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Classifications
U.S. Classification705/50, 379/91.01, 705/39, 235/379, 235/381, 235/380, 705/26.81, 705/26.44
International ClassificationG06Q30/06, G06Q20/24, G06Q20/42, G06Q20/14, G06Q20/04, G06Q20/10, G06Q20/38, G06Q20/40, G07F7/08
Cooperative ClassificationG06Q20/4037, G06Q20/425, G06Q20/385, G06Q20/04, G06Q20/10, G06Q30/0619, G06Q20/3827, G06Q30/0635, G06Q20/14, G06Q20/24, G07F7/08
European ClassificationG06Q20/14, G06Q20/04, G06Q20/24, G06Q20/425, G06Q20/3827, G06Q20/4037, G06Q20/385, G06Q30/0635, G06Q20/10, G06Q30/0619, G07F7/08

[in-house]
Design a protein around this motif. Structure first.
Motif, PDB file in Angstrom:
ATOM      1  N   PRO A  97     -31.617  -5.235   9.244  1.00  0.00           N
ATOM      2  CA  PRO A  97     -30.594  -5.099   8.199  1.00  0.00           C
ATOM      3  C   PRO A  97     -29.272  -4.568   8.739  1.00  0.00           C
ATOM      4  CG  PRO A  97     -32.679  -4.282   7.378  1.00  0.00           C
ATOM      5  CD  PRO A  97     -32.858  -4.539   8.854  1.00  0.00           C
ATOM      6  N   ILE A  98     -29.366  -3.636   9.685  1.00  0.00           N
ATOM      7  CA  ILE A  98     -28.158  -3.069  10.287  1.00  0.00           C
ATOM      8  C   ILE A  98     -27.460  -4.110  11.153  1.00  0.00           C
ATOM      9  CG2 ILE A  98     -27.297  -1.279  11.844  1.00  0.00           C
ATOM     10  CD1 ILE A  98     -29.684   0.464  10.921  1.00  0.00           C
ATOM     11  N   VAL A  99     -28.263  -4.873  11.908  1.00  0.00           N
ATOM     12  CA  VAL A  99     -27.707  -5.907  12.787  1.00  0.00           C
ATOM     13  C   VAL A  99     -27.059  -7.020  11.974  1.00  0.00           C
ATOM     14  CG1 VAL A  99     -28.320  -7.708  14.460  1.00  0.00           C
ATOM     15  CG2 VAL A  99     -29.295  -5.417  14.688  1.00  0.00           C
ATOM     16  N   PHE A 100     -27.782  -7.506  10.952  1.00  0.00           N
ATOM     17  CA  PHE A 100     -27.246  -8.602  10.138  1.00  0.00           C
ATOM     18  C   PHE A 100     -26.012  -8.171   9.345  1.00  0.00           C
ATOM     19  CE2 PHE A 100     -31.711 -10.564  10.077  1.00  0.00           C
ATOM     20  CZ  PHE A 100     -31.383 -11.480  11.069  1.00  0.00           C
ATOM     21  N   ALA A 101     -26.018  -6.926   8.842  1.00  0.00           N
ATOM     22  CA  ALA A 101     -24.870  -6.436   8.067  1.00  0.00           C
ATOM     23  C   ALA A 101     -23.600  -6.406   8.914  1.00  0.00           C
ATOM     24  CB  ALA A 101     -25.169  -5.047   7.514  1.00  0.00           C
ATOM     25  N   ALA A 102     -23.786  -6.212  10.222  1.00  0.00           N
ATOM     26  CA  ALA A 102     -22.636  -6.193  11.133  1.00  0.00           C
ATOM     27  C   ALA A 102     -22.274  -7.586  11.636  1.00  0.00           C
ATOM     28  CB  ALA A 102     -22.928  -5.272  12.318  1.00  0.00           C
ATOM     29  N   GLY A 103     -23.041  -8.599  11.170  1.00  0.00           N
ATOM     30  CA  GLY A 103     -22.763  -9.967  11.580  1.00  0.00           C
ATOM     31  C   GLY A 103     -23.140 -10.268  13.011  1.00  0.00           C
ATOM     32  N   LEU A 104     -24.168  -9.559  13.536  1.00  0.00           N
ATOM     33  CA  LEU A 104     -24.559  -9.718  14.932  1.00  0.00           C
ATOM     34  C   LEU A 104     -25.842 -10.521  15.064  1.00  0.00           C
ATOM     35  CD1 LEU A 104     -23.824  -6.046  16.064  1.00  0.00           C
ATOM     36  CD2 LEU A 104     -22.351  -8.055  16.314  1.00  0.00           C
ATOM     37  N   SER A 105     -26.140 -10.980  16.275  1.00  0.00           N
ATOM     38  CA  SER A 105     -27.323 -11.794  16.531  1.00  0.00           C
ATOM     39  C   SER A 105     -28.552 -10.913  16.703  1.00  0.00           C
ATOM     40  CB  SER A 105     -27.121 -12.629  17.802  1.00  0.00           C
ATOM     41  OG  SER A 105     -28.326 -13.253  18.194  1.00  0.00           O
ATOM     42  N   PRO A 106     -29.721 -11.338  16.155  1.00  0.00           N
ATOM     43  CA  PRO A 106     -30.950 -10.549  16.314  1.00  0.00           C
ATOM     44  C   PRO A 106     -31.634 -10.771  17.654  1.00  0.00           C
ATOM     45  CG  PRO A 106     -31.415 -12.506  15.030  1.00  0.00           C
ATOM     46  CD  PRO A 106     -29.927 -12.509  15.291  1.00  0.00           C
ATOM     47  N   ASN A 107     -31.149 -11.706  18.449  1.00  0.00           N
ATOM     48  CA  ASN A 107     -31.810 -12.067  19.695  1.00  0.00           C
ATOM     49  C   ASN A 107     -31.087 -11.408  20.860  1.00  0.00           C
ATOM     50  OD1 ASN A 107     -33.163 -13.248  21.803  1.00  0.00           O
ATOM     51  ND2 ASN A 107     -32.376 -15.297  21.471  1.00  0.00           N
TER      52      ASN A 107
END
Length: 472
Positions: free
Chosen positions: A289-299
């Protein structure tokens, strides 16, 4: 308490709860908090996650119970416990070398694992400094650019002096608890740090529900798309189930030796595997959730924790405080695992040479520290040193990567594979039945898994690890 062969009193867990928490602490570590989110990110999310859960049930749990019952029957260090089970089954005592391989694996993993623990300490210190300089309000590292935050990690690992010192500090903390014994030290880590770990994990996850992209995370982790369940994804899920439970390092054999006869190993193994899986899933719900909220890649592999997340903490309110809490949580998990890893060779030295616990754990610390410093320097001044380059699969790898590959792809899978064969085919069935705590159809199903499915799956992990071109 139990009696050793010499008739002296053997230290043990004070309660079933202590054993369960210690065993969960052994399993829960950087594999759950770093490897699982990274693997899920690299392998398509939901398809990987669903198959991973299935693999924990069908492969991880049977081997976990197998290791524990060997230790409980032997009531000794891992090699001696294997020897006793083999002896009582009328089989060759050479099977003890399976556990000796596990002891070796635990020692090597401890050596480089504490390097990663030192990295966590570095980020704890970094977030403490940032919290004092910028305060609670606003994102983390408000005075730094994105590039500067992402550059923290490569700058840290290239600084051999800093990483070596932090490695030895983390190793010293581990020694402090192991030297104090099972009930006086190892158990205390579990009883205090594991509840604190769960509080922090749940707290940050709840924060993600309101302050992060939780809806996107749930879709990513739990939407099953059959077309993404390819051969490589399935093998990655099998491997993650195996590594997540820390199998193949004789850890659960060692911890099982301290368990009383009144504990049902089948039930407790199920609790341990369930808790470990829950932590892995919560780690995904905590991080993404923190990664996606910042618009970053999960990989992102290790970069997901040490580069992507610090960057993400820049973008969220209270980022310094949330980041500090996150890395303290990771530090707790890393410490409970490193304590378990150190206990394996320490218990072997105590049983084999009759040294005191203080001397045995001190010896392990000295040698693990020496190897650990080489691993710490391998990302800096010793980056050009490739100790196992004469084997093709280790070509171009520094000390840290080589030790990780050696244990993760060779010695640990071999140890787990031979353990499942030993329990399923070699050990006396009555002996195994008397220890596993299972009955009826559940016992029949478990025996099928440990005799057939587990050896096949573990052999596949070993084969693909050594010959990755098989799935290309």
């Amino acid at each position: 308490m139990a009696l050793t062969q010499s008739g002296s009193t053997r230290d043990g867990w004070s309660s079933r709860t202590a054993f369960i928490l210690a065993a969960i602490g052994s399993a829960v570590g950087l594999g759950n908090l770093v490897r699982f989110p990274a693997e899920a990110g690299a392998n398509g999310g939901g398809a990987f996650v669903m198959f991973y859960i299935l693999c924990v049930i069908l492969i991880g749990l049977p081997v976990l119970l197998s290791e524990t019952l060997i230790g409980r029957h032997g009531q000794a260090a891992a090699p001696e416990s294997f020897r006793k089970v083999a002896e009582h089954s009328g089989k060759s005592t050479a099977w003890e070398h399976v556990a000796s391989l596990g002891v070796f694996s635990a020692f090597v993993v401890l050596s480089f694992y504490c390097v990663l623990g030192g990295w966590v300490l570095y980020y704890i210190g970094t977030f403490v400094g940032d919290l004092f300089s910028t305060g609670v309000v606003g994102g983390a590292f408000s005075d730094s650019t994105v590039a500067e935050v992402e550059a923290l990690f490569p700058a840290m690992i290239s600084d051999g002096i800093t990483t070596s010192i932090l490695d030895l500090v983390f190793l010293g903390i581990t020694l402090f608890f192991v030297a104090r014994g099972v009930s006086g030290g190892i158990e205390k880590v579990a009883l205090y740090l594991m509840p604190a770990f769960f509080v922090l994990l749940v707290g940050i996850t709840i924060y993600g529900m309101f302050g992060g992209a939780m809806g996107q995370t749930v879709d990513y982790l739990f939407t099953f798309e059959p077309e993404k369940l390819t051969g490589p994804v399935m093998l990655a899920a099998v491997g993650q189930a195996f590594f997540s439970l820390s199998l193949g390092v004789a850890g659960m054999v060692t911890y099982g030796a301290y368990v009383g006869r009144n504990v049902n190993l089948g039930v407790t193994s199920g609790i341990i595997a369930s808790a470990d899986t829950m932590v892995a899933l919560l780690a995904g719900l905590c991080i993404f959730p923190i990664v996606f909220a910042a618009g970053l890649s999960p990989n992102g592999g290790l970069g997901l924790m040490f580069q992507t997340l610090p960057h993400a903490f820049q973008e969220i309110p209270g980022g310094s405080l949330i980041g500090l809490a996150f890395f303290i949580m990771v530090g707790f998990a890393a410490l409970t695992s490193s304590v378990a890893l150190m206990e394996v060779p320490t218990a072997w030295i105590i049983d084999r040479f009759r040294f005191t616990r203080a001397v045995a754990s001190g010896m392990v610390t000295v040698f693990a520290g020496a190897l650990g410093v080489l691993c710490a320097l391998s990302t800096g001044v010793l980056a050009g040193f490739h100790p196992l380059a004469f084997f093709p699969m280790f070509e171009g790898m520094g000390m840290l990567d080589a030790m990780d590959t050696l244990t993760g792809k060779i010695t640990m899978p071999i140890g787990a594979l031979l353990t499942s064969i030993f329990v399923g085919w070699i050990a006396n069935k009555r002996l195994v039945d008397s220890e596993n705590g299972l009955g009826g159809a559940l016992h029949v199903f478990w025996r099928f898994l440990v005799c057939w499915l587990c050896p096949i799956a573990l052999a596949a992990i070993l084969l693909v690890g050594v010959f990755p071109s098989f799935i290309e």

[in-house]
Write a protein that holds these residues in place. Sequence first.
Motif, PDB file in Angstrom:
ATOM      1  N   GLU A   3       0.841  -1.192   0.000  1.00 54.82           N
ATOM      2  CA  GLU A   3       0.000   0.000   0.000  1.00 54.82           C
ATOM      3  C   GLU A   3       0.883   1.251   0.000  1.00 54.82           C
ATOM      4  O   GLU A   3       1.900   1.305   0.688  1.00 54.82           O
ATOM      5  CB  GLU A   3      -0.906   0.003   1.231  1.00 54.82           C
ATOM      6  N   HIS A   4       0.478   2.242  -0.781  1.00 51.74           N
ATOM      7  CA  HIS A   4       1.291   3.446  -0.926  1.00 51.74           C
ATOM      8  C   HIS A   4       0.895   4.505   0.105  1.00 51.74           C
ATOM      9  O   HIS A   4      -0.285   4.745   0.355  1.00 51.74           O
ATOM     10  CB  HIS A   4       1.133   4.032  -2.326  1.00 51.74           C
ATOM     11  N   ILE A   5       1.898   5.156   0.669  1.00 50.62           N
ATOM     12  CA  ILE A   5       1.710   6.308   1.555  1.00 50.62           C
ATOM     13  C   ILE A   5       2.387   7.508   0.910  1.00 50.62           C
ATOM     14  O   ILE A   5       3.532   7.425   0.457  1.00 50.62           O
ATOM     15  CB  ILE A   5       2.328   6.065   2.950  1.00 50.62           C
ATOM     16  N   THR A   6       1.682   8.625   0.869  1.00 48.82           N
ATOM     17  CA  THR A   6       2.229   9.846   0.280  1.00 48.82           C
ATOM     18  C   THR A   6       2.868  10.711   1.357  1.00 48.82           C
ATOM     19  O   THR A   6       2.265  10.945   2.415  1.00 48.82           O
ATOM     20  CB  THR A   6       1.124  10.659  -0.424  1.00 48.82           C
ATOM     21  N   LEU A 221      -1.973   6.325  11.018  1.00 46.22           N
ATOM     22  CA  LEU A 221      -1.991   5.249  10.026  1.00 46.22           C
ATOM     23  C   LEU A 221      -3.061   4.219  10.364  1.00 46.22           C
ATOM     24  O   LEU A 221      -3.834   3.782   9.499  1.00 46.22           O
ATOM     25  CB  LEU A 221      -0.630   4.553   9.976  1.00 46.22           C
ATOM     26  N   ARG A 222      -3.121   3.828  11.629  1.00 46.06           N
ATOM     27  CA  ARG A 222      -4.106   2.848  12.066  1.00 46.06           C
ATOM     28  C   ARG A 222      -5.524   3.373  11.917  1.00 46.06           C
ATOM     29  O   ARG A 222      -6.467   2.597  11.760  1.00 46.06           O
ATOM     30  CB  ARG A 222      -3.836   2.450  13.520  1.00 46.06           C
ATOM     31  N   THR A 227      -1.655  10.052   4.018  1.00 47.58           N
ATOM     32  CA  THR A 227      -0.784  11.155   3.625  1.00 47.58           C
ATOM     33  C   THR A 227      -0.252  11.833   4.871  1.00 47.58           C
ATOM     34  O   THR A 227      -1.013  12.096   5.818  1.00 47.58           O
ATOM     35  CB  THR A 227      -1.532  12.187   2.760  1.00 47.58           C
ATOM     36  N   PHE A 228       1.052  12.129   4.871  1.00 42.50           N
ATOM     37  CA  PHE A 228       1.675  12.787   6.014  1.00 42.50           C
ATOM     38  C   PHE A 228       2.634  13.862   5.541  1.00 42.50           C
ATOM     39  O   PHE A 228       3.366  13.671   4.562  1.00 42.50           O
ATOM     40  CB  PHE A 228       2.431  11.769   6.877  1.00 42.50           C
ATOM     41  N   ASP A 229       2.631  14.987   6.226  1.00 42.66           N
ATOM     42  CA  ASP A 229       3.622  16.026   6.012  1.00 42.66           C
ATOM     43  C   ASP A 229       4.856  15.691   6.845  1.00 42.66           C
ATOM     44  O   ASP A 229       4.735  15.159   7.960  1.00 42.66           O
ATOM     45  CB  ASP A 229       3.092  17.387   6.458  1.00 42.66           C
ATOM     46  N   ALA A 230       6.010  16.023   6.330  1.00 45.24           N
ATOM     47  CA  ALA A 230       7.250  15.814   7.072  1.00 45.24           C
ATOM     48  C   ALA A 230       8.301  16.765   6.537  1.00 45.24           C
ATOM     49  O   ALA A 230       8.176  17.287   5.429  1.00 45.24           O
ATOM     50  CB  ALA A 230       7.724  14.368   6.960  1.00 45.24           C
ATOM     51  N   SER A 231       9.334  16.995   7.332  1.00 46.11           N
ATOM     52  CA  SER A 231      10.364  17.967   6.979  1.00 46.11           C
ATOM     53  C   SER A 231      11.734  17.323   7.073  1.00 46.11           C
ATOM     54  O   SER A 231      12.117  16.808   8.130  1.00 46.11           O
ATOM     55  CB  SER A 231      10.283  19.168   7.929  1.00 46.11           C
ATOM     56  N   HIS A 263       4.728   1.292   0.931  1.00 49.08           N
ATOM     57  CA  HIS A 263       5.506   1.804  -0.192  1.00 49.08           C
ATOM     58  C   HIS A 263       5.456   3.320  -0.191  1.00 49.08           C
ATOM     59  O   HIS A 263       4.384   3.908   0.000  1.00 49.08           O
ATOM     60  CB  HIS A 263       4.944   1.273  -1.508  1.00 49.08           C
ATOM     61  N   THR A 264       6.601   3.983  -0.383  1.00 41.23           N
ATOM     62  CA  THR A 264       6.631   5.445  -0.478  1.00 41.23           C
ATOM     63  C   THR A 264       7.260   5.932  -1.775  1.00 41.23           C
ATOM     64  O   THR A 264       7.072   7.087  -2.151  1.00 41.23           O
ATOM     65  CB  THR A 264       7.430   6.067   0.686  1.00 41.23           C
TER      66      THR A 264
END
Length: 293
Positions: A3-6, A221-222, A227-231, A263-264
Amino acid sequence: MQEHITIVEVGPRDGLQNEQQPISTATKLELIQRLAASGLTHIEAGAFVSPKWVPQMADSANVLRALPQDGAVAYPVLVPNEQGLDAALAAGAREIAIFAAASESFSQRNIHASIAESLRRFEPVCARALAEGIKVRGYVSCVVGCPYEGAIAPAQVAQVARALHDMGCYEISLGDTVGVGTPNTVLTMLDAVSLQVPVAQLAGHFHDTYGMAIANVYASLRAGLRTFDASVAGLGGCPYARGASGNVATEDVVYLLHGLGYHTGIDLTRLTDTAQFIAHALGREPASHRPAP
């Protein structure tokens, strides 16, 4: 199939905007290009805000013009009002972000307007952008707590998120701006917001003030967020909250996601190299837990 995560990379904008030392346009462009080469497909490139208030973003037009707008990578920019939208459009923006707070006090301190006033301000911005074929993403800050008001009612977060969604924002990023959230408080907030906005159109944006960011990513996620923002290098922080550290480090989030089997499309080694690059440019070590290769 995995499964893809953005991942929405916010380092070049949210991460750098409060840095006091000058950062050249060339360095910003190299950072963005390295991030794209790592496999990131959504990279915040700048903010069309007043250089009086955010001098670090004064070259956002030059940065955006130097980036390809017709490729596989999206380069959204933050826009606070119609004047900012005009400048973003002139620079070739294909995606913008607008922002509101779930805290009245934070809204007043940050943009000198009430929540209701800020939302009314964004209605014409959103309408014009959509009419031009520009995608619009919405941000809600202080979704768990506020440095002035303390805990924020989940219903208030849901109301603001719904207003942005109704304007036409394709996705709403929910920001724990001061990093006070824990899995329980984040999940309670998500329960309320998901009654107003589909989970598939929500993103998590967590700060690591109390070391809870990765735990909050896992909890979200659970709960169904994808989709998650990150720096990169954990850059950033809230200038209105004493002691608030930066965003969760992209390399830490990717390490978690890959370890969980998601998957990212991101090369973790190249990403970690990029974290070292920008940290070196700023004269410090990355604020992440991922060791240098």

Legal Events
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Mar 30, 1995ASAssignment
Owner name: AMAZON.COM, INC., WASHINGTON
Free format text: ASSIGNMENT OF ASSIGNORS INTEREST;ASSIGNOR:BEZOS, JEFFREY P.;REEL/FRAME:007418/0220
Effective date: 19950329
Dec 31, 1997ASAssignment
Owner name: DEUTSCHE BANK AG, NEW YORK BRANCH, NEW YORK
Free format text: SECURITY AGREEMENT;ASSIGNOR:AMAZON.COM, INC.;REEL/FRAME:008854/0712
Effective date: 19971223
Aug 7, 2001FPAYFee payment
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Jul 18, 2005FPAYFee payment
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Jul 28, 2009FPAYFee payment